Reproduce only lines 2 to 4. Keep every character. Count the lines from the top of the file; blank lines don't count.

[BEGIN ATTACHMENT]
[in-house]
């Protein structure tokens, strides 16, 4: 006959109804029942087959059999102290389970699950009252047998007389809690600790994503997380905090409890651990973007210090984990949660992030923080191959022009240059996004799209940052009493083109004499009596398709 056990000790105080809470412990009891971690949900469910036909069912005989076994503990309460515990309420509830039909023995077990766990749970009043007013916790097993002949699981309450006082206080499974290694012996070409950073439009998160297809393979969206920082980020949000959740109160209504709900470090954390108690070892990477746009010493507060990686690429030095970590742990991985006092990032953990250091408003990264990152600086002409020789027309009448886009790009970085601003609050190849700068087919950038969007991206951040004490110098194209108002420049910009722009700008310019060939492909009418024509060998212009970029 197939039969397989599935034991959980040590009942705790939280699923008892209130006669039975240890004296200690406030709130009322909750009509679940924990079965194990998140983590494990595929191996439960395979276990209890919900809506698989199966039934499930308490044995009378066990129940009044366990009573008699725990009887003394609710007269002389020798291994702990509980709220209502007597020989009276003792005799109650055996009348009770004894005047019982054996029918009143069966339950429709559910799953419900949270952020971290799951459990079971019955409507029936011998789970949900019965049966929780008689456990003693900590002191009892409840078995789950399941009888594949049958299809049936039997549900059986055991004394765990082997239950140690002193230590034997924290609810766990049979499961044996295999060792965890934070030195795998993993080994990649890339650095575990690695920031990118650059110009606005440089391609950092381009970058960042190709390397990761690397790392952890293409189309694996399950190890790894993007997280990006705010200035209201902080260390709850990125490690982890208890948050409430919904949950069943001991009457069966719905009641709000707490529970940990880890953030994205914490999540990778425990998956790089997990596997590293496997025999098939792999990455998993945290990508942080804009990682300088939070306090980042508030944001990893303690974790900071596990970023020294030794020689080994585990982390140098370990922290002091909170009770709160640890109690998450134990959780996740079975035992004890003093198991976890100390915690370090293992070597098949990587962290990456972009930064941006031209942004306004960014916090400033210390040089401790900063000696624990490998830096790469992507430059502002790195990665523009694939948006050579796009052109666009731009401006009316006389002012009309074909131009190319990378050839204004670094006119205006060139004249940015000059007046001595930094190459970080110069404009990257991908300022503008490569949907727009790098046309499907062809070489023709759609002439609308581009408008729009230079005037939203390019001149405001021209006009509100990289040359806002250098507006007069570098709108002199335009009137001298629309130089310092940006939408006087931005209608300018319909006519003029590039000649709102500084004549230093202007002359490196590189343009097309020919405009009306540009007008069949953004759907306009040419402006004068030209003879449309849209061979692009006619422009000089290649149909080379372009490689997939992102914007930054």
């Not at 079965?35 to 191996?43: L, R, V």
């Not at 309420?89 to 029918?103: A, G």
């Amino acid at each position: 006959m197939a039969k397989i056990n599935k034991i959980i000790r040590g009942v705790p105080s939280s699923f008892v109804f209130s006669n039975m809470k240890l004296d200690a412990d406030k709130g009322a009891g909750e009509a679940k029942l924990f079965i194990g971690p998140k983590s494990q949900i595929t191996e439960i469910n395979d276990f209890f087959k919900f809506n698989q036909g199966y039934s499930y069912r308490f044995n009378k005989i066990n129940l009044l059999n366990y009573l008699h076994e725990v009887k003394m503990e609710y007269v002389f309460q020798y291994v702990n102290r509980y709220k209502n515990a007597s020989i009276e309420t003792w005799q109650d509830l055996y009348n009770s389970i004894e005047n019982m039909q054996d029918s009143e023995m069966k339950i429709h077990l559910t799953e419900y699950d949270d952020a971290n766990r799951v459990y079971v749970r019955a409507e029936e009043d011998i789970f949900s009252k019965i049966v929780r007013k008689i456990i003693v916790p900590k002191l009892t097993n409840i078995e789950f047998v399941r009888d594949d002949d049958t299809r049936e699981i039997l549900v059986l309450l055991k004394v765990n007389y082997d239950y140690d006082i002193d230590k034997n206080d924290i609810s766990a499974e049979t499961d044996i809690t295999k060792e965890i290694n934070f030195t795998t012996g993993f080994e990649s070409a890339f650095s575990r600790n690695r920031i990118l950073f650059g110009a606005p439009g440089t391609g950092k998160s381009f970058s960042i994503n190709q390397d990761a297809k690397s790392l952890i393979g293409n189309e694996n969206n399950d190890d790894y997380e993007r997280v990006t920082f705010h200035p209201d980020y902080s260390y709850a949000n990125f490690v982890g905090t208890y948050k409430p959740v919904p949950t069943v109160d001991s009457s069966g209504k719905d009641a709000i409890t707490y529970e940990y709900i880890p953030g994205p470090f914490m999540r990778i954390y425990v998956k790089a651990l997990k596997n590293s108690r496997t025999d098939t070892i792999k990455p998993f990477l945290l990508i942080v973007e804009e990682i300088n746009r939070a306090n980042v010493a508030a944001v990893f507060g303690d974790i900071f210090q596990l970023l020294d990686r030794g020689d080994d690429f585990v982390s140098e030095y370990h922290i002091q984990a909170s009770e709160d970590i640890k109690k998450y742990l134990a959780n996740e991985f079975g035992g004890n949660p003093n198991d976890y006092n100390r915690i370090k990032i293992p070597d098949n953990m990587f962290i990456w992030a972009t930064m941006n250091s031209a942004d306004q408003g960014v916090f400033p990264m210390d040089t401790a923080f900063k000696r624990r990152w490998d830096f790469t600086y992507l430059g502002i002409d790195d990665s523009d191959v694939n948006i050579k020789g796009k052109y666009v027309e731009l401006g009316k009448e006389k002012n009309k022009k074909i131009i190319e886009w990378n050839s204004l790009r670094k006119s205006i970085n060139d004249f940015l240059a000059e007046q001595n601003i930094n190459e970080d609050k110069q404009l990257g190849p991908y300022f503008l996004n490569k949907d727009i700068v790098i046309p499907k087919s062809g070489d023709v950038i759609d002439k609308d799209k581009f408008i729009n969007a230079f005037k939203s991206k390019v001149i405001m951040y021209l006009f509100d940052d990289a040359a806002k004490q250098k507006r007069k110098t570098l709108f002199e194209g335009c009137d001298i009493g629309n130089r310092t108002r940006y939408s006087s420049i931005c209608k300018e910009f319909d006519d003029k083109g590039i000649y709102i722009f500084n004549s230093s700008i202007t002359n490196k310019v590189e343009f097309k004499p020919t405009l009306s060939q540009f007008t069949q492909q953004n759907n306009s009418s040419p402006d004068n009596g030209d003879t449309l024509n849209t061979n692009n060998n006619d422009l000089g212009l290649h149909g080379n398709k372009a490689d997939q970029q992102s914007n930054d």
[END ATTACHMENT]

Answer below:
């Protein structure tokens, strides 16, 4: 006959109804029942087959059999102290389970699950009252047998007389809690600790994503997380905090409890651990973007210090984990949660992030923080191959022009240059996004799209940052009493083109004499009596398709 056990000790105080809470412990009891971690949900469910036909069912005989076994503990309460515990309420509830039909023995077990766990749970009043007013916790097993002949699981309450006082206080499974290694012996070409950073439009998160297809393979969206920082980020949000959740109160209504709900470090954390108690070892990477746009010493507060990686690429030095970590742990991985006092990032953990250091408003990264990152600086002409020789027309009448886009790009970085601003609050190849700068087919950038969007991206951040004490110098194209108002420049910009722009700008310019060939492909009418024509060998212009970029 197939039969397989599935034991959980040590009942705790939280699923008892209130006669039975240890004296200690406030709130009322909750009509679940924990079965194990998140983590494990595929191996439960395979276990209890919900809506698989199966039934499930308490044995009378066990129940009044366990009573008699725990009887003394609710007269002389020798291994702990509980709220209502007597020989009276003792005799109650055996009348009770004894005047019982054996029918009143069966339950429709559910799953419900949270952020971290799951459990079971019955409507029936011998789970949900019965049966929780008689456990003693900590002191009892409840078995789950399941009888594949049958299809049936039997549900059986055991004394765990082997239950140690002193230590034997924290609810766990049979499961044996295999060792965890934070030195795998993993080994990649890339650095575990690695920031990118650059110009606005440089391609950092381009970058960042190709390397990761690397790392952890293409189309694996399950190890790894993007997280990006705010200035209201902080260390709850990125490690982890208890948050409430919904949950069943001991009457069966719905009641709000707490529970940990880890953030994205914490999540990778425990998956790089997990596997590293496997025999098939792999990455998993945290990508942080804009990682300088939070306090980042508030944001990893303690974790900071596990970023020294030794020689080994585990982390140098370990922290002091909170009770709160640890109690998450134990959780996740079975035992004890003093198991976890100390915690370090293992070597098949990587962290990456972009930064941006031209942004306004960014916090400033210390040089401790900063000696624990490998830096790469992507430059502002790195990665523009694939948006050579796009052109666009731009401006009316006389002012009309074909131009190319990378050839204004670094006119205006060139004249940015000059007046001595930094190459970080110069404009990257991908300022503008490569949907727009790098046309499907062809070489023709759609002439609308581009408008729009230079005037939203390019001149405001021209006009509100990289040359806002250098507006007069570098709108002199335009009137001298629309130089310092940006939408006087931005209608300018319909006519003029590039000649709102500084004549230093202007002359490196590189343009097309020919405009009306540009007008069949953004759907306009040419402006004068030209003879449309849209061979692009006619422009000089290649149909080379372009490689997939992102914007930054």
């Not at 079965?35 to 191996?43: L, R, V």
């Not at 309420?89 to 029918?103: A, G």